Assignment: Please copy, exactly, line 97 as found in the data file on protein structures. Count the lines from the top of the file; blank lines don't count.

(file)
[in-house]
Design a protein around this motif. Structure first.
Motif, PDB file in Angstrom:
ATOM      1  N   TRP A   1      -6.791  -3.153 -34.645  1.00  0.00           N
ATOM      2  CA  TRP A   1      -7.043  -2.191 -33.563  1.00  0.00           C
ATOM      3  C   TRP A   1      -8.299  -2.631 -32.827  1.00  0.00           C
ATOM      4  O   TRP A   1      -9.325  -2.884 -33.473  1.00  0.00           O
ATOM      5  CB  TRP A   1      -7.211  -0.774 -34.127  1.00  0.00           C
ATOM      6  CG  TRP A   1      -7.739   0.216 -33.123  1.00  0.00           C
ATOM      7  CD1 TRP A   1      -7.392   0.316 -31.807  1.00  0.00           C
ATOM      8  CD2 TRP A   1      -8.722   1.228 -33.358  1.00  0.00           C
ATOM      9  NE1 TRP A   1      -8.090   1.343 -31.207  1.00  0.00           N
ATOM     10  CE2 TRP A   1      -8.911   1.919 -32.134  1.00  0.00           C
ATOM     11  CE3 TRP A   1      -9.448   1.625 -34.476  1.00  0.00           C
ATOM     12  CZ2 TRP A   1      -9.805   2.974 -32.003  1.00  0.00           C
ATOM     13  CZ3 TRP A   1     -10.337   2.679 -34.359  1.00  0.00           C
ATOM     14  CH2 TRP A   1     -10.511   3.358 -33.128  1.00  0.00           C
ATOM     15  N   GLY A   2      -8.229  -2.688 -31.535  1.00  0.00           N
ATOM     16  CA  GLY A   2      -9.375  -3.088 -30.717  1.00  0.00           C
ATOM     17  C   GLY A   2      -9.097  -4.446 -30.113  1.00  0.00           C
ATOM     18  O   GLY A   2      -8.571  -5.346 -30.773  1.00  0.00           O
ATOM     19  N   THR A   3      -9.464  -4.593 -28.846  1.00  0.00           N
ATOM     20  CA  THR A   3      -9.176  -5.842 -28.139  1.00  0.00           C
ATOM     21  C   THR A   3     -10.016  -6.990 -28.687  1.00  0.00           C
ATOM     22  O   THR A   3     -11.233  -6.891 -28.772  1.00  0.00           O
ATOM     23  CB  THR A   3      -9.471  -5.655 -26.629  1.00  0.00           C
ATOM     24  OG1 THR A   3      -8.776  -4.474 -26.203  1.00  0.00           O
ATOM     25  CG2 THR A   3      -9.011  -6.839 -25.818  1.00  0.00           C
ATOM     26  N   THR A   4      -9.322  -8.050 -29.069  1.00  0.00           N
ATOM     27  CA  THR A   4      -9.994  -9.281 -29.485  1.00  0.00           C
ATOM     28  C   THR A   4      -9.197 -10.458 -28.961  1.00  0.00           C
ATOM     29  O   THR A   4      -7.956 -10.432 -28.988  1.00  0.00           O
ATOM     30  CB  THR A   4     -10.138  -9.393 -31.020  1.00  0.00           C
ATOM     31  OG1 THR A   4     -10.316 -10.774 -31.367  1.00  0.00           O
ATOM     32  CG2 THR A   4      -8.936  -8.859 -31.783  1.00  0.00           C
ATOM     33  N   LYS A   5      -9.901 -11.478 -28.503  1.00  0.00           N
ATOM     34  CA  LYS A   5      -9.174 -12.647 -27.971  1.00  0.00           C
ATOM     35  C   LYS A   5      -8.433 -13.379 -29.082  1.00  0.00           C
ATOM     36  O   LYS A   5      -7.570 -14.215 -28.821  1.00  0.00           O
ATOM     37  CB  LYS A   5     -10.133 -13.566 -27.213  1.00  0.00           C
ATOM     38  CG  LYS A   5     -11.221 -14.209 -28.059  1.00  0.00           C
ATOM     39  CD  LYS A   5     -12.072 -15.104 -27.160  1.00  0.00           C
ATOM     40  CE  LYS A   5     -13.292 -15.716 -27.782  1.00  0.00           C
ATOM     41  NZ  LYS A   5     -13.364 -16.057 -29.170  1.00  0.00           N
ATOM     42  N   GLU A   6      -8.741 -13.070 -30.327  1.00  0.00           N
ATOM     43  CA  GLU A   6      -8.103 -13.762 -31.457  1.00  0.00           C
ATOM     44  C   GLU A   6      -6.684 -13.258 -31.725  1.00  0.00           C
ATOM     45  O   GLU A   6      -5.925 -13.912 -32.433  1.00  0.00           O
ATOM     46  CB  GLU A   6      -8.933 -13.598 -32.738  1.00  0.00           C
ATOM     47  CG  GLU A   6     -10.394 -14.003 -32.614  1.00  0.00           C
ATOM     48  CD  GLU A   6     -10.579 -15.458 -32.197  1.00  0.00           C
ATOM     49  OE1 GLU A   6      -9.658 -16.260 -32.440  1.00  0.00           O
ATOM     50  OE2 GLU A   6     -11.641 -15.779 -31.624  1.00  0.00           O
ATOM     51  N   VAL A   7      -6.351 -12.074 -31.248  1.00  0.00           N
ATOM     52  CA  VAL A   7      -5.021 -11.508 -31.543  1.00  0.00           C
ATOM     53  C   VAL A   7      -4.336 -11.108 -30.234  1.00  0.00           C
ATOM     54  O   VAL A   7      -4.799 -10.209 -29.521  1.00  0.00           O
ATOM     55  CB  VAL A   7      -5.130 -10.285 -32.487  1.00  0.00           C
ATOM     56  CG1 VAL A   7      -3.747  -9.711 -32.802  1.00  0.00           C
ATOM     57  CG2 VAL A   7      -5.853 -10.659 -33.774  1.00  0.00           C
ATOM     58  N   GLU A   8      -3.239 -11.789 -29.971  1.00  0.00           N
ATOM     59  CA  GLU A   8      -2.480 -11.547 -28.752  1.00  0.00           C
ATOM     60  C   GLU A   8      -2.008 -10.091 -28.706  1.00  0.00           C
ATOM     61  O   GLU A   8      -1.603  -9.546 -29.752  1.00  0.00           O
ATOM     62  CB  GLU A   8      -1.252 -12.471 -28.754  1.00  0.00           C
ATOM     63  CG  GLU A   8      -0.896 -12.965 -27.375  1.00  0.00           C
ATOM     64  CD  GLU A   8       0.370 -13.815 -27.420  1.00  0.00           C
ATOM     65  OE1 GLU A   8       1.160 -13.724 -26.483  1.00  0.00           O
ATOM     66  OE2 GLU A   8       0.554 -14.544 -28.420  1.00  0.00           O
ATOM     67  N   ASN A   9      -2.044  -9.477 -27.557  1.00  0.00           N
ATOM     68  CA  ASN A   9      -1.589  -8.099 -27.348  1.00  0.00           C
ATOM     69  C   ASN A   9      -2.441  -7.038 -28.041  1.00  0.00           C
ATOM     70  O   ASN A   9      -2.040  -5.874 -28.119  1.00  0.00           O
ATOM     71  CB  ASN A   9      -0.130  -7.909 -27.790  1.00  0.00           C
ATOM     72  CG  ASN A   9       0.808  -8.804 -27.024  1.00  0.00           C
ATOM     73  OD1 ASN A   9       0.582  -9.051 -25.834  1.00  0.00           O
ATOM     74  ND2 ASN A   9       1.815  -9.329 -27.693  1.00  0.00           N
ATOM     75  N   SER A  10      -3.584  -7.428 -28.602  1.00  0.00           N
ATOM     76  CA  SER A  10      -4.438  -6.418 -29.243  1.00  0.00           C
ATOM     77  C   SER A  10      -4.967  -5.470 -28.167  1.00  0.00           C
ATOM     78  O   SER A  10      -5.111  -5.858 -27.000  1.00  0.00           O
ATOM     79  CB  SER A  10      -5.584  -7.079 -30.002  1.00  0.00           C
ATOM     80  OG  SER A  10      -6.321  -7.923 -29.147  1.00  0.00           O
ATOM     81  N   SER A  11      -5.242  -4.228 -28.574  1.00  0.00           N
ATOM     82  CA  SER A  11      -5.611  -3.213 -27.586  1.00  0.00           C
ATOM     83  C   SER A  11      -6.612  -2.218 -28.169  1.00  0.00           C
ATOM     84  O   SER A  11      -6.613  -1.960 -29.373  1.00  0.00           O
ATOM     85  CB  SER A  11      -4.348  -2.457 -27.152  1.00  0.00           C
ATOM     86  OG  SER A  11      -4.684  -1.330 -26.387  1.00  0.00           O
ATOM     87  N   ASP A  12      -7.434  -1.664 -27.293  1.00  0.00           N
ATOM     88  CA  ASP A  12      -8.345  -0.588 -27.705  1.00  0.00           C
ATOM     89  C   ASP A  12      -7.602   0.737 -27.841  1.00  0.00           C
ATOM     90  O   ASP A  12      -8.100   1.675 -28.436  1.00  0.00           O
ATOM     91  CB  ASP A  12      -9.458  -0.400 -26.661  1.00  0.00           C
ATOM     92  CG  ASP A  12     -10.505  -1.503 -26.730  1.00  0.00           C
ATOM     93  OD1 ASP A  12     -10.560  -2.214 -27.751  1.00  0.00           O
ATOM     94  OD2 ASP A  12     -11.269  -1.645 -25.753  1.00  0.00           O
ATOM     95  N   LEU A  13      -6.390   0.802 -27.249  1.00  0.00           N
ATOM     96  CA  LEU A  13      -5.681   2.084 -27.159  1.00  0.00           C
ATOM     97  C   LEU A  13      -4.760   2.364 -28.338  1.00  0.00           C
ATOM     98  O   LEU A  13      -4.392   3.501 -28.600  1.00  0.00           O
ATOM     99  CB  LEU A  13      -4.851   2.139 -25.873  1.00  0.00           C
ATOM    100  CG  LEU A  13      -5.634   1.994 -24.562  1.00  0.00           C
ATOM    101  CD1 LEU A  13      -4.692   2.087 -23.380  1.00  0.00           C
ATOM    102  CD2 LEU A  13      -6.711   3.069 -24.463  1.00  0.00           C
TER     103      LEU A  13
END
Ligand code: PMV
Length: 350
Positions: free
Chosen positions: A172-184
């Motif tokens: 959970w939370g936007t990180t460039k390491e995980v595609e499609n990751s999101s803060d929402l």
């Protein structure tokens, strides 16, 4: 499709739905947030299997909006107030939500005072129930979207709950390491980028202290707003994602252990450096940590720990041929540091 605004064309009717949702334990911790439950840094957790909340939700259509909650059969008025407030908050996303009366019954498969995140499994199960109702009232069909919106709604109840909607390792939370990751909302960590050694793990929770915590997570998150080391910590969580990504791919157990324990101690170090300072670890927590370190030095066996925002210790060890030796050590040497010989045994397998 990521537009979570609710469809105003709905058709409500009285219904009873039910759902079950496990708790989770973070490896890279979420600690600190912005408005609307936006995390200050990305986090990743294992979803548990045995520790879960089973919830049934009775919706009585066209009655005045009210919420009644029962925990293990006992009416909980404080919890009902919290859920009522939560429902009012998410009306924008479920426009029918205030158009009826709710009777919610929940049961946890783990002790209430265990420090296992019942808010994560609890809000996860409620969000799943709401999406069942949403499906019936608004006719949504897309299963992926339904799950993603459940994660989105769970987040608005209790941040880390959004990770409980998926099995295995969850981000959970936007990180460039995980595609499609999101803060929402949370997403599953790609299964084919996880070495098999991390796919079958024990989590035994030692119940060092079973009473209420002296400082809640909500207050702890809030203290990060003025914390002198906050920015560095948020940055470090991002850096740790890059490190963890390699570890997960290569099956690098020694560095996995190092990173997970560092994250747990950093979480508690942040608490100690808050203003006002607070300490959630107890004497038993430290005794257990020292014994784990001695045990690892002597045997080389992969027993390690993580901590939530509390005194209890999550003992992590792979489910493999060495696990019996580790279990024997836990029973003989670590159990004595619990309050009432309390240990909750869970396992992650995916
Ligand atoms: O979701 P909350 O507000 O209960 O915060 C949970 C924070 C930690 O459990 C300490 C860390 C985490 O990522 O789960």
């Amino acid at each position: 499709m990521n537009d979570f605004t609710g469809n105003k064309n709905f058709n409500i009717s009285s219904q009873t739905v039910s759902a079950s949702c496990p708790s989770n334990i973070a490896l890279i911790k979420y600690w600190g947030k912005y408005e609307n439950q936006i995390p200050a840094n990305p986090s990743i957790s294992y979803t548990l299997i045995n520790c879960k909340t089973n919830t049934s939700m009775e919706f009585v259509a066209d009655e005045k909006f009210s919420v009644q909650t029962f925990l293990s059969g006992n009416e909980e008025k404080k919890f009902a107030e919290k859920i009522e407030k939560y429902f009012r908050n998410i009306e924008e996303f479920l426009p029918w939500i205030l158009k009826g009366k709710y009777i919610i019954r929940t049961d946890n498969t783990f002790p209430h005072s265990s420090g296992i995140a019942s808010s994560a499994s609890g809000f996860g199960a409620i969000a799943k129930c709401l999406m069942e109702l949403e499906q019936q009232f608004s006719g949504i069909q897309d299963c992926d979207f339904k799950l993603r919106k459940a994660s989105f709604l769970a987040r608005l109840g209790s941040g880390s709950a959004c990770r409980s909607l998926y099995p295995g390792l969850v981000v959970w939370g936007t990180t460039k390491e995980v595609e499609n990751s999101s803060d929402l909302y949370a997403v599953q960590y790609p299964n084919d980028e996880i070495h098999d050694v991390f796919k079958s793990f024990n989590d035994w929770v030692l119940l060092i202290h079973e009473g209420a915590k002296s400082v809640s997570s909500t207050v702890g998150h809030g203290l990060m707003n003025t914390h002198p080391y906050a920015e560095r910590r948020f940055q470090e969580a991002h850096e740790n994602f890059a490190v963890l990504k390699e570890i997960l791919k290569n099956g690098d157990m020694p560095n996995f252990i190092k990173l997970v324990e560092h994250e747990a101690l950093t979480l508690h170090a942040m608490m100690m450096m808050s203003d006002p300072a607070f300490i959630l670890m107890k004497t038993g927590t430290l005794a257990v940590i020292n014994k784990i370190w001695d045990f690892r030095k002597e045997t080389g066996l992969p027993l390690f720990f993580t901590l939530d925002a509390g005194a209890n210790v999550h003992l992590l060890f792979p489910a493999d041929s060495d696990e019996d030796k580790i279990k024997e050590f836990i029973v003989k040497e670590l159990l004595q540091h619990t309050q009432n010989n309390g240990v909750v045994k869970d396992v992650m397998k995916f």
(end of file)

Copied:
ATOM     94  OD2 ASP A  12     -11.269  -1.645 -25.753  1.00  0.00           O